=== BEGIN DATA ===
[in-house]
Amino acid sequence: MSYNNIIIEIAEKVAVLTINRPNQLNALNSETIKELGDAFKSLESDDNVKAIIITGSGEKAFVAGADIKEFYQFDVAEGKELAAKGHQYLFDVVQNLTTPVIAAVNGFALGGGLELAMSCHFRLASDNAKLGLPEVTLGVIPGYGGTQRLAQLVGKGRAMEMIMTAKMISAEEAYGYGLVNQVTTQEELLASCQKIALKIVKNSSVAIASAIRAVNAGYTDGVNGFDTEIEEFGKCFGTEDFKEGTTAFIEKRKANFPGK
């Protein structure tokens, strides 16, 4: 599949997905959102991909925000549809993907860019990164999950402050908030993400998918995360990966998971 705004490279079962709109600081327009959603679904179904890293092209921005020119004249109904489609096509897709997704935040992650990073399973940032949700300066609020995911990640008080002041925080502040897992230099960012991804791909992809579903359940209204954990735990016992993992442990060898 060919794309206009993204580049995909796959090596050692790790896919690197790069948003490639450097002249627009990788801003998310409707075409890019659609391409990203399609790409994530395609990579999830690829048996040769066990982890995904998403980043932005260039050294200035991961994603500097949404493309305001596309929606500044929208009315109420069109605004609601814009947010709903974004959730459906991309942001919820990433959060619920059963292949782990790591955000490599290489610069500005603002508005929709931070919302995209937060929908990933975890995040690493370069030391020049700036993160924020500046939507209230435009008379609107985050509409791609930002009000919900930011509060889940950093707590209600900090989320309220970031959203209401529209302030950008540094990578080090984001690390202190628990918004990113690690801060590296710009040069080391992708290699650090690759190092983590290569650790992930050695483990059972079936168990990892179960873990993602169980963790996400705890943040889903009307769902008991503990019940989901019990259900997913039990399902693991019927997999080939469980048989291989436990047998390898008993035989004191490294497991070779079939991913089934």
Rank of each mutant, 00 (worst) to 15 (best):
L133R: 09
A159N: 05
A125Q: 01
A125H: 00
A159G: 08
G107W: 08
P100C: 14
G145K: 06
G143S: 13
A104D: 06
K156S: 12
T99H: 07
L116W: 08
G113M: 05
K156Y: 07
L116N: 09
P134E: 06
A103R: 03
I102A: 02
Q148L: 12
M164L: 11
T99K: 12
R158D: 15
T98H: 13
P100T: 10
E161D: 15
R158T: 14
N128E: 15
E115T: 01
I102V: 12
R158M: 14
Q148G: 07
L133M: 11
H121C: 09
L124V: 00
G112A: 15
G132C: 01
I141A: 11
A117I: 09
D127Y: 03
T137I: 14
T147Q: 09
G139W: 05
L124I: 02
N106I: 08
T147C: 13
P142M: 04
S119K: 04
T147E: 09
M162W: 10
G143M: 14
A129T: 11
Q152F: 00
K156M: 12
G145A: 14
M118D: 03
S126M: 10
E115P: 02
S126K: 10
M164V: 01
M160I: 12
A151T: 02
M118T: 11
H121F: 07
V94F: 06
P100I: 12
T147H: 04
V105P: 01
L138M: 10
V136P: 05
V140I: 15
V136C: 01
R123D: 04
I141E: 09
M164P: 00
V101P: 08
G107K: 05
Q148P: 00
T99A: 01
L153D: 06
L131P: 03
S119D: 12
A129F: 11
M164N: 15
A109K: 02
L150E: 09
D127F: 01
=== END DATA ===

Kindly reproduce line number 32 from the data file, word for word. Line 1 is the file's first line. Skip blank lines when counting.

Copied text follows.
N128E: 15